Ay caramba, tu joven amantes.
As children, we were told many fairy tales that filled our young minds with wonder and imagination. We looked at the pictures in our tiny children’s books as our parents narrated the words to us, but did we ever stop to think about where these fairy tales came from? The Three Little Pigs came from England. The Little Red Riding Hood, London. The Fountain of Youth, Japan. The Little Mermaid, Denmark. The Sorcerer’s Apprentice, Germany. So many stories have come from so many places all around the world that by the time they reach us, we have “cleansed” it of it’s culture and Americanized it for our own comfort.
Here, we have Jorge Gutierrez’s own fairy tale called The Book Of Life, and for the sake of the movie I’m glad it didn’t succumb to mainstream appeal by having it take place in Colonial America. The Book Of Life is splendid, a wonderful, uplifting, joyous, and immensely entertaining animation engulfed and inspired by the culture Gutierrez came from. Think about how quickly you are swept away when you read the fairy tales by the Brothers Grimm, and you can imagine how this film sweeps you up in that exact same way.
Told as a story within a story similar to Rob Reiner’s The Princess Bride, The Book Of Life follows a group of schoolchildren through a museum as they are told the tale of Manolo (Diego Luna), a Mexican bull fighter who is fighting for the heart of his childhood friend Maria (Zoe Saldana). His closest friend and rival, Joaquin (Channing Tatum) is also fighting for her love, and when they finally see each other after many years apart, they begin their pursuit for Maria’s love.
Unbeknownst to any of them, however, a heavy secret hides behind their innocent intentions. The spirits of the afterlife La Muerte (Kate del Castillo), who rules the world of the remembered, and Xibalba (Ron Perlman), the one who rules the world of the forgotten, have placed a bet on these three friends. If Manolo ends up marrying Maria, La Muerte wins and gets to rule both the land of the remembered and the forgotten. If Joaquin marries Maria, Xibalba wins and he gets to rule the land of the remembered. The world of the undead is at stake here, and it’s up to Manolo, Maria, and Joaquin to set things right.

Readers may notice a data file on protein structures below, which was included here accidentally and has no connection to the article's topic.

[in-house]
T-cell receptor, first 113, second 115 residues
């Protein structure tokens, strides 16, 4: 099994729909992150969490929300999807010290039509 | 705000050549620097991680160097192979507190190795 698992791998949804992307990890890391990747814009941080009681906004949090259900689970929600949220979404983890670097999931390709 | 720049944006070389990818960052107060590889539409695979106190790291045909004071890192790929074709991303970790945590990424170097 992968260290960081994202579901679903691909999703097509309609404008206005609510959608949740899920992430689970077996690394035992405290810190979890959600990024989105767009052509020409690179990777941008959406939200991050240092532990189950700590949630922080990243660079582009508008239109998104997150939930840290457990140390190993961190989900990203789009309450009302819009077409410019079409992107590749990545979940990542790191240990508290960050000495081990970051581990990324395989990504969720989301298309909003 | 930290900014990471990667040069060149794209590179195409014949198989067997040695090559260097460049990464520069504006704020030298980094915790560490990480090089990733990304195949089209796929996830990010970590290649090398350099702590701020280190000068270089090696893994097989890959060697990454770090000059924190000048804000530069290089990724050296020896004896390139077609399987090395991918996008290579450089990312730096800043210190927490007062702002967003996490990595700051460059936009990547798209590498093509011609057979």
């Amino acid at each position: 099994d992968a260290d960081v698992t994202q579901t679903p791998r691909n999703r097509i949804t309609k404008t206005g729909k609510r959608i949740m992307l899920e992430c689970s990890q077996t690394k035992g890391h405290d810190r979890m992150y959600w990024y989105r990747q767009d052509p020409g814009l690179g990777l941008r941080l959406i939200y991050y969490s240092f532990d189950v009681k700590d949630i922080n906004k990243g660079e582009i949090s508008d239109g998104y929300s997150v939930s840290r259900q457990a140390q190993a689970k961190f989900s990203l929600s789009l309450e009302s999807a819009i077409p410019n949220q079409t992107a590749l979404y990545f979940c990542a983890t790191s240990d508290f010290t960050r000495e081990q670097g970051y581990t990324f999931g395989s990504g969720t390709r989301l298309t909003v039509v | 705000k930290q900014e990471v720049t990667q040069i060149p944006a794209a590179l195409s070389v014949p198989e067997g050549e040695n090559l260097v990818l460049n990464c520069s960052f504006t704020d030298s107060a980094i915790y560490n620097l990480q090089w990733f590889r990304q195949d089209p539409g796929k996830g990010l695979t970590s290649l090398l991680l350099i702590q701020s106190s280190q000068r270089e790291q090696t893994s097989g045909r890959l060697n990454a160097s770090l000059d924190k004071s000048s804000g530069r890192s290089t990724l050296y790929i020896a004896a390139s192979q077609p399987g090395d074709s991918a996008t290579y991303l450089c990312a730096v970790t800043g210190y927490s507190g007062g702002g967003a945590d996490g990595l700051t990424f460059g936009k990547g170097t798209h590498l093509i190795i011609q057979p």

What do I say about an animated children’s film that’s based around Mexican fables and customs? The Book Of Life is a wonderful animation: bright, vibrant, colorful, and lively all at once. Writer/director/animator Jorge Gutierrez has a careful eye for detail, and does well in visually adapting to different scenes, settings, and moods.
In one scene, after one of the supporting characters die, the setting suddenly becomes dark. The sun drops. The candles burn out. A cloudy fog envelops in the sky as rain drops pellet onto the ground. In the very next scene, however, we see the world of the remembered from this deceased person’s perspective, and it is lively colors light up with shiny, gold-brick pathways illuminating everywhere and with Churros and balloons floating as far as the eye can see.
This is what I mean when I say the animation is versatile: it’s attentive, eye-catching, and delightful, demanding your attention the minute you lay your eyes on it. But it’s not just the animation that works so well with this movie. The Book of Life is entrenched and inspired in its own culture, living and breathing the Mexican customs though every frame of its run time. There is one work that Gutierrez did this with before The Book Of Life, and that is the Annie award-winning Nickelodeon cartoon series “El Tigre: The Adventures of Manny Rivera.” Now we have The Book of Life, and I feel it will spur on many Mexican children and families to pick up their heritage and be proud to represent it. In a day and age where Hollywood feels they need to Americanize everything, The Book of Life is a Godsend.
Everything else in this film functions exactly as it is supposed to. The story is mostly formula in that there has to be a good guy, a bad guy, a forbidden love, a big fight scene at the end, and a happy ending. The voice cast is solid, and Channing Tatum didn’t annoy the living daylights out of me for a change. And the music by Gustavo Santaolallo is pristine and authentic, with the plucking of the Mexican guitar strings filling your ears with wonderfully harmonic sound.
But make no mistake. The best thing about this film is the inspiration Gutierrez instills in it, the inspiration that his parents most likely instilled in him when he was still just a little boy. I hope there will be a children’s novelization of this film in the future and that it too will inspire children of all ages, regardless of their heritage.